If you meet someone at an event or have to physically communicate with a business contact, that’s easy, right? But what’s not so easy is – introducing yourself virtually.
Most people communicate virtually through email. And like first-time in-person introductions, you need to make an excellent first impression with your introduction email. An excellent first impression makes you likable and helps you get your email recipients’ trust.
In Amy Cuddy’s book titled:
And one way to gain the trust of your first-time email recipient? By avoiding mistakes when writing and sending your introduction email.
In this post, you’ll learn about crucial introduction email mistakes to avoid. Knowing these mistakes before you send your introduction email to important clients or potential customers will help you increase your email open, response and conversion rates.
Ready? Let’s get started.
1. Multiple Reuse of Introduction Email Templates
Today, there are templates for everything. Whether it’s follow-up email templates, automated email templates, landing page templates, email newsletter templates, and so on, they are all available online, mostly for free.
But the availability of templates doesn’t mean you should use them without a care in the world. Resist that urge, especially with introduction email templates. Why? Because people that receive many emails can quickly identify an overused introduction email template.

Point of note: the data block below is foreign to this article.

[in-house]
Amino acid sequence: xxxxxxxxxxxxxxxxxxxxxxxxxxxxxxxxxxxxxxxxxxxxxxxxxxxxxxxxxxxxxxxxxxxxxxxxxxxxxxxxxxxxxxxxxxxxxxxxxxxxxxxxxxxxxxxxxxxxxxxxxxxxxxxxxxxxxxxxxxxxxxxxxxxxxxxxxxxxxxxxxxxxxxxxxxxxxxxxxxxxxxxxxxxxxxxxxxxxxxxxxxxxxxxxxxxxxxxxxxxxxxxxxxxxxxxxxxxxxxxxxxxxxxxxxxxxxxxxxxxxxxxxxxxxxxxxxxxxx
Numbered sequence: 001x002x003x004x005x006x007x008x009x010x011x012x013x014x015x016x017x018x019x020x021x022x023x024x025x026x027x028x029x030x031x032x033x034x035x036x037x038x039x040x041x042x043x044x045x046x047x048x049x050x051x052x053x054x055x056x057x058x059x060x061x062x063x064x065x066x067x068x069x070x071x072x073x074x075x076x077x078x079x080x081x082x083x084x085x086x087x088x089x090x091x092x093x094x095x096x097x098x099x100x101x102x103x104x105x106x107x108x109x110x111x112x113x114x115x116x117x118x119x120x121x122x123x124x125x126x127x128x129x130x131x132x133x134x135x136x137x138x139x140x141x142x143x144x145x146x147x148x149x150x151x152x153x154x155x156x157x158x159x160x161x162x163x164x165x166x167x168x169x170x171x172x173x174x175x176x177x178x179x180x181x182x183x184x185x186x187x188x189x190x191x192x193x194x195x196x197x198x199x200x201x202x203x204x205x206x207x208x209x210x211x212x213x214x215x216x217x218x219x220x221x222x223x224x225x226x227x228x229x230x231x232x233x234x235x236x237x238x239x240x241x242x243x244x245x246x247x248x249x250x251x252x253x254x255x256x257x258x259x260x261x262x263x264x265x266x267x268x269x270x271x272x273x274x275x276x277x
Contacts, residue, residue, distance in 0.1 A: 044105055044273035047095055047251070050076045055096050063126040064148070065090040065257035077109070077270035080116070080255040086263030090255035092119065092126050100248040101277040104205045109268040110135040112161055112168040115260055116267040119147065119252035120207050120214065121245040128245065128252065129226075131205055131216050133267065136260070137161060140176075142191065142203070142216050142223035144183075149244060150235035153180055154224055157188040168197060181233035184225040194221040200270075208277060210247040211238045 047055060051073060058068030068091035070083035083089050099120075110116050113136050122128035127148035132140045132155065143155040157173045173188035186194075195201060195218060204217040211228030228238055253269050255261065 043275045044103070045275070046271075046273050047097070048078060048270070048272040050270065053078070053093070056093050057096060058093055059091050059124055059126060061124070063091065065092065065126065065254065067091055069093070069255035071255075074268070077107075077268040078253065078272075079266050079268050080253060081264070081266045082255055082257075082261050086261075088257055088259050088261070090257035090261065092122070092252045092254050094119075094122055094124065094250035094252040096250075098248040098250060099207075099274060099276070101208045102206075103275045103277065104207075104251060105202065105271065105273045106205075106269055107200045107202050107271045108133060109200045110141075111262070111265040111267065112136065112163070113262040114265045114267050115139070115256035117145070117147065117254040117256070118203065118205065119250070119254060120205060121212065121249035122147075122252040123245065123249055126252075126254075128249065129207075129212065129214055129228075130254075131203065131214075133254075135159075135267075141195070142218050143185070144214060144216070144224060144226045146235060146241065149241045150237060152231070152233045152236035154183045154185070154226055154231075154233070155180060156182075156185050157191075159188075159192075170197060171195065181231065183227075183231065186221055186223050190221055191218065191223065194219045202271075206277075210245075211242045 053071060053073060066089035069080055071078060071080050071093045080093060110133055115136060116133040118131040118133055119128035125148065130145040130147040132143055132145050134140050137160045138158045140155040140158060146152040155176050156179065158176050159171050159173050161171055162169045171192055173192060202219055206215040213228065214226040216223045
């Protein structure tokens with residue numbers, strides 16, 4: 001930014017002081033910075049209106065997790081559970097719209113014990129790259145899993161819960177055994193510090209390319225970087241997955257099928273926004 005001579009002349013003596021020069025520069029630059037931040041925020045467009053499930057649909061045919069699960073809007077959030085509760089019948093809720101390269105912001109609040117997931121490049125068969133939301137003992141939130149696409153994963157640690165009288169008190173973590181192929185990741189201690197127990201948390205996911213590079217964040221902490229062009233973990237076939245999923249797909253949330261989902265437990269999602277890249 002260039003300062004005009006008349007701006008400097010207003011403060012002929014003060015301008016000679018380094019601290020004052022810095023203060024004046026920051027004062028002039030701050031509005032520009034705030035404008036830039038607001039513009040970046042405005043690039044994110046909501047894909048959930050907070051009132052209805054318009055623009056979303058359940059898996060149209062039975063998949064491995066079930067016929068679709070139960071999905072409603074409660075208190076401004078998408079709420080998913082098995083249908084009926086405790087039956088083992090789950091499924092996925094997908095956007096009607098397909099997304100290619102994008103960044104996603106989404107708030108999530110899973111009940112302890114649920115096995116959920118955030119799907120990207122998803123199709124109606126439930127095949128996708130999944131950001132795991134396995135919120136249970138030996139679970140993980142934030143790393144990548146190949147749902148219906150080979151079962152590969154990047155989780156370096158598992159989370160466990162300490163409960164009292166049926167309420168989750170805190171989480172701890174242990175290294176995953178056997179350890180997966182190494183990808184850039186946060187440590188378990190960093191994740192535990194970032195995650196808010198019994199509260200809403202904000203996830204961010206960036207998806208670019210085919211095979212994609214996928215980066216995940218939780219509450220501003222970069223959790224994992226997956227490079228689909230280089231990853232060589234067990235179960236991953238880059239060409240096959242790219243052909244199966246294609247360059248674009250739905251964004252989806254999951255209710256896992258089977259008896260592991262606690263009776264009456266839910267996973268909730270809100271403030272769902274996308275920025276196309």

Here’s what Josh Barney said after spotting an abused introduction email template from an interested guest blogger:
It’s a copied and pasted template, probably from a result on the first page of Google. They haven’t even gone to the effort of inserting a name, link, or website.
Like Josh said, personalizing your email is vital. A personalized email from the email subject line to the body copy shows your prospect that you care. In fact, in a U.S. consumer survey, 90% of the respondents said company messages that aren’t personal were annoying.
So, how can you personalize your introduction email and improve your chance of getting a positive response? By using the “Personalize” button in your email marketing software, and by tailoring every introduction email template to your prospect’s needs and preferences.
2. Using a Weak or No Email Subject Line
Sending an introduction email with a weak subject line is bad for your email open rate. But you know what’s worse – sending an introduction email without a subject line. You should care about your subject lines. Why? 47% of email recipients open an email because of the subject line alone.
With email apps like Gmail, you may forget to input a “subject” and hit send. That makes your introduction email an automatic “pass” for your busy recipient.
But with EngageBay, you’ll always need a subject line to send your introduction email. This allows your email to have better open and response rates.
When writing your introduction email subject line, you need to take one precaution – prevent your email from entering spam folders. Here are some tips for doing that: